How to share experiences between development teams: TPS Develer

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Develer Technical Project Stories: interview with Lorenzo Savini

The experiences of a development team rarely overcome internal boundaries and are shared with other teams. It may happen by chance, during a coffee break, but not in a structured way. These experiences are usually the result of a lot of time and stress and could bring enormous benefits to other projects as well.

What did we think of in Develer so that everyone can benefit from the best practices adopted by the different teams?

Lorenzo Savini, software developer and responsible for our TPS (acronym of Technical Projects Stories), tells us today.

Hi Lorenzo, what are TPS and what needs do TPS meet?

TPS are appointments on a monthly basis and internal to the company, so that everybody can be free to discuss with colleagues.

TPS main purpose is to share experiences and choices, made and taken during projects, with members of other teams who would otherwise never have known anything about them. TPS encourage opportunities of aggregation and discussion where everybody can examine both technical choices (such as tools and architectural choices) or concepts (documentation, code cleaning, work organization), and specific events that brought new knowledge (the so-called incidents).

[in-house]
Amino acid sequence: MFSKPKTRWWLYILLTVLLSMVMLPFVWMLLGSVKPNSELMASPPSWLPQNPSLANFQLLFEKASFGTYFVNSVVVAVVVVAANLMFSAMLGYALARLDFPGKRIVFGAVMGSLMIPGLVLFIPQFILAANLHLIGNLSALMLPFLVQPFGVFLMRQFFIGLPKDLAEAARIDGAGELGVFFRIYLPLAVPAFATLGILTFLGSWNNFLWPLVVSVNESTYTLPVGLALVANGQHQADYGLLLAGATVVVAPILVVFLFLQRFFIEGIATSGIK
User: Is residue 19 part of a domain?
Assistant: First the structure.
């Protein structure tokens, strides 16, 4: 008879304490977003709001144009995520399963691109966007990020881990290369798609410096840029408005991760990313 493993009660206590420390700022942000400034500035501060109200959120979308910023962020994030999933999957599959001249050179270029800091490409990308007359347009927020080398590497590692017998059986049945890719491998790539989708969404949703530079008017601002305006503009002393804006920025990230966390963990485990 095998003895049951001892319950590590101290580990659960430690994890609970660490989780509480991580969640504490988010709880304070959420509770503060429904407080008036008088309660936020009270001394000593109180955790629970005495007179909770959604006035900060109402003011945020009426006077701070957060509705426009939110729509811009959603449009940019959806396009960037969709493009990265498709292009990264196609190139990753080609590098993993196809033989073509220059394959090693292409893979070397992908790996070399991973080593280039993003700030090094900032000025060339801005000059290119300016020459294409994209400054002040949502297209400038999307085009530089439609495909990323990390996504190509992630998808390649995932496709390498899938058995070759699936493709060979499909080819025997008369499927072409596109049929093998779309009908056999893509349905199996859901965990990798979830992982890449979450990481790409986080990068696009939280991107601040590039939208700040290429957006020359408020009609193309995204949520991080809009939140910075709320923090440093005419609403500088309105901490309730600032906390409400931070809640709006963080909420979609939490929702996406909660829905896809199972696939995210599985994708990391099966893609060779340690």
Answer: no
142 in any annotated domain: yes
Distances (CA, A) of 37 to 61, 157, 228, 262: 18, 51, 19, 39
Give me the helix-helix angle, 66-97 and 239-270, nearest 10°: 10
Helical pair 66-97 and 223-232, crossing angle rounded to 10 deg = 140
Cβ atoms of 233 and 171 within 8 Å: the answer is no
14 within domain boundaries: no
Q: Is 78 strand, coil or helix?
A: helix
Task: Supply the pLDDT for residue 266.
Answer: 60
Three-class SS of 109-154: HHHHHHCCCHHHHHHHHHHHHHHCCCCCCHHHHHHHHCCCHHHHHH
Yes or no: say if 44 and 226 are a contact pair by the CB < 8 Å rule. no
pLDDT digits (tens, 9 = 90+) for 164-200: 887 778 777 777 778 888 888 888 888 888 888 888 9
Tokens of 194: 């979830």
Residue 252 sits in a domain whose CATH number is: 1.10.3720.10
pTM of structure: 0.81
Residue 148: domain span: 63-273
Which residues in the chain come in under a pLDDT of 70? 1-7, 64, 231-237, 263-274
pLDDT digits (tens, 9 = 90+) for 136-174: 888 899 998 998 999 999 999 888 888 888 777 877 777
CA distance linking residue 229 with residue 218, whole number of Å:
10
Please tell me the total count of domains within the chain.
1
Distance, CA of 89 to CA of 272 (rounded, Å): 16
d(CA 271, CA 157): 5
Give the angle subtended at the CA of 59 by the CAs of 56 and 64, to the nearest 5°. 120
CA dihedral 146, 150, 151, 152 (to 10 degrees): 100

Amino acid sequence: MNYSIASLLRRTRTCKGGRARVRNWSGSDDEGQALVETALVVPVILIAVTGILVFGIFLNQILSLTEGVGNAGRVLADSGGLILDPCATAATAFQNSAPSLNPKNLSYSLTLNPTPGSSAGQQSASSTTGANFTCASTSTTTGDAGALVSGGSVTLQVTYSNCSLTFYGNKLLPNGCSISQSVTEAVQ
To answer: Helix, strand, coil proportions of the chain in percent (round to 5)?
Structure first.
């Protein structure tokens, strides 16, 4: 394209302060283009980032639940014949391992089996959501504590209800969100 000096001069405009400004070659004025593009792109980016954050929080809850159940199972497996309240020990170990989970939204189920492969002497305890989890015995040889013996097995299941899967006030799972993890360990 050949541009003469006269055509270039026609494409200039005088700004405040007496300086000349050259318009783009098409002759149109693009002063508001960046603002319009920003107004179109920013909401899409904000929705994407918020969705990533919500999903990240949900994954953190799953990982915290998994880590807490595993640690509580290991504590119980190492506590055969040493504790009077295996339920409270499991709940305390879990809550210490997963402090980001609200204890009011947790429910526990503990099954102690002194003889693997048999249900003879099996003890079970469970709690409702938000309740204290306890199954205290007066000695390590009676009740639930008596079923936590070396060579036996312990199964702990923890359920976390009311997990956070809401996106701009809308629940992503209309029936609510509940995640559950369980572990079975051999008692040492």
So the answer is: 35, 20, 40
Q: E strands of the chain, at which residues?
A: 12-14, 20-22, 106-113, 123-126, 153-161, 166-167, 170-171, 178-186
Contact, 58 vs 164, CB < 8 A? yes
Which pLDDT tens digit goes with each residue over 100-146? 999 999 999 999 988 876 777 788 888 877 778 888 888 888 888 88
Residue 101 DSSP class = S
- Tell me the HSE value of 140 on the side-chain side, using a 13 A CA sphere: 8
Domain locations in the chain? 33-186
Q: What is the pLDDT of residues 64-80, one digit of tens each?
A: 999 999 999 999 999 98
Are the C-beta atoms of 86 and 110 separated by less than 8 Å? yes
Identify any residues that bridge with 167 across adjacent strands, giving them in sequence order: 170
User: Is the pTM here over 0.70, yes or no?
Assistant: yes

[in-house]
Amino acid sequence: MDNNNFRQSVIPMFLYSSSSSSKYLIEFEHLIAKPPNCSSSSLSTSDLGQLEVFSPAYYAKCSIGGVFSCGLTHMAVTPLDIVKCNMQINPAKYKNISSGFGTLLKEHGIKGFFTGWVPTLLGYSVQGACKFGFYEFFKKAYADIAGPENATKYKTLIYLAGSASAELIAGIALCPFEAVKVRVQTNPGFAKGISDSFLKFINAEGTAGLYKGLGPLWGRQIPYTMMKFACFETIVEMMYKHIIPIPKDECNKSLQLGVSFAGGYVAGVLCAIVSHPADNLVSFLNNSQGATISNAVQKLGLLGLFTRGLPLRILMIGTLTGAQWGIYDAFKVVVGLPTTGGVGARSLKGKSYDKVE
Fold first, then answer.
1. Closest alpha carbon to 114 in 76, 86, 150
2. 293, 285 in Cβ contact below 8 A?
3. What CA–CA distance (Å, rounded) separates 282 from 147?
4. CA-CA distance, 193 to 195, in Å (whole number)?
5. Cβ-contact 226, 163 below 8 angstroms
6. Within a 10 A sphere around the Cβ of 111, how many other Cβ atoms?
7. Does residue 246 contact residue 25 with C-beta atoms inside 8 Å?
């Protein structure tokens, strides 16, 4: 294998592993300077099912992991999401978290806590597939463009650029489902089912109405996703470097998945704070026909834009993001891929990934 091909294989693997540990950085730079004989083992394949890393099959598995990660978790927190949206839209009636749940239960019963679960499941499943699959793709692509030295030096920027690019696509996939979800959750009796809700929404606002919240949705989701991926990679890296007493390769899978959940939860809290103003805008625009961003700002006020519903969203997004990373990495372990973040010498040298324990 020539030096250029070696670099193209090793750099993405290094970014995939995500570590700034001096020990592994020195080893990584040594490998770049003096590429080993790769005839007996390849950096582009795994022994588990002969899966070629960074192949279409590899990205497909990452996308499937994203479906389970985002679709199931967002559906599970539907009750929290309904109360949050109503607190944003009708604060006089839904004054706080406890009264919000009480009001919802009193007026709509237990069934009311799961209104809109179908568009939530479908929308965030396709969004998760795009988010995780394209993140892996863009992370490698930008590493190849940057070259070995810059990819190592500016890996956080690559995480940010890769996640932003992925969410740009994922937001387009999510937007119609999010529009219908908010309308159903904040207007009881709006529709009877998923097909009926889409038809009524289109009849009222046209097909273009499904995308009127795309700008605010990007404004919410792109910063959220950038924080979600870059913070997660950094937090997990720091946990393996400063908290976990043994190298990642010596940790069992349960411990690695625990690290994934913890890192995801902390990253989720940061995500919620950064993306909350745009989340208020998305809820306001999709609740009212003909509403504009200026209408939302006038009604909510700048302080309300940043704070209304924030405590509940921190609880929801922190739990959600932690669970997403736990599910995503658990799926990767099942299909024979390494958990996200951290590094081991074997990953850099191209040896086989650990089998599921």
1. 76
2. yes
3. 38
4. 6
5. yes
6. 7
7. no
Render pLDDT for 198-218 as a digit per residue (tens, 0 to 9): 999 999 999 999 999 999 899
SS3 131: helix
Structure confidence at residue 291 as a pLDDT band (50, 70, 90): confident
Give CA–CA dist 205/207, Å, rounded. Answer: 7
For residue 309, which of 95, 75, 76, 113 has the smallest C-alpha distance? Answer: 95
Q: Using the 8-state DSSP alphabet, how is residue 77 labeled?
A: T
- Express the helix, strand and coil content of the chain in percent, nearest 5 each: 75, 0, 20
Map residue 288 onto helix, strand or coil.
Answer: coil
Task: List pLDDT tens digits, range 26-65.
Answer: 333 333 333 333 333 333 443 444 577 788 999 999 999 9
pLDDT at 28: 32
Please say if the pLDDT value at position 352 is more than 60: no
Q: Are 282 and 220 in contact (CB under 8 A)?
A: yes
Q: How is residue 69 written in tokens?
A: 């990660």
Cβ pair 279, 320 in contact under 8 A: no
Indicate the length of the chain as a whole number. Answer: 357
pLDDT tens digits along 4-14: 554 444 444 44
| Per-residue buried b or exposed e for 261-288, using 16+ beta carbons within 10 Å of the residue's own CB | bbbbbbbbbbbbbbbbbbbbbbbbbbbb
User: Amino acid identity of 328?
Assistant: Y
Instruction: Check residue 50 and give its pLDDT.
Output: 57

How many types of TPS are available?

We divide TPS into 3 main groups:

How are the TPS structured?

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As I said before, TPS are monthly and can last from half an hour to a maximum of one hour each. One Develerian presents the chosen topic to the internal audience and part of the time is always destined to a Q&A panel and discussion.

At the end, the speaker is asked to draw up a document including a report about what said and discussed. This document is then uploaded to the corporate Wiki, so that all Develerians, including our future colleagues, can consult it and benefit from these meetings.

What are the advantages of sharing experiences outside the working groups?

Advantages of sharing experiences are many, as follows:

Any downside?

Actually, not many. Of course, sometimes separating a single experience from the history of an entire project is not easy and may require a more or less complex introduction in order to fully comprehend the specific TPS.

Moreover, it is not easy to restrict in half an hour the work made in several months. From this point of view, TPS are also excellent “gyms” to train high performing speakers.

We are convinced that the advantages of sharing knowledge and experience among the different development teams can create a truly precious added value.

Do you agree with us? Do you like the way we work?

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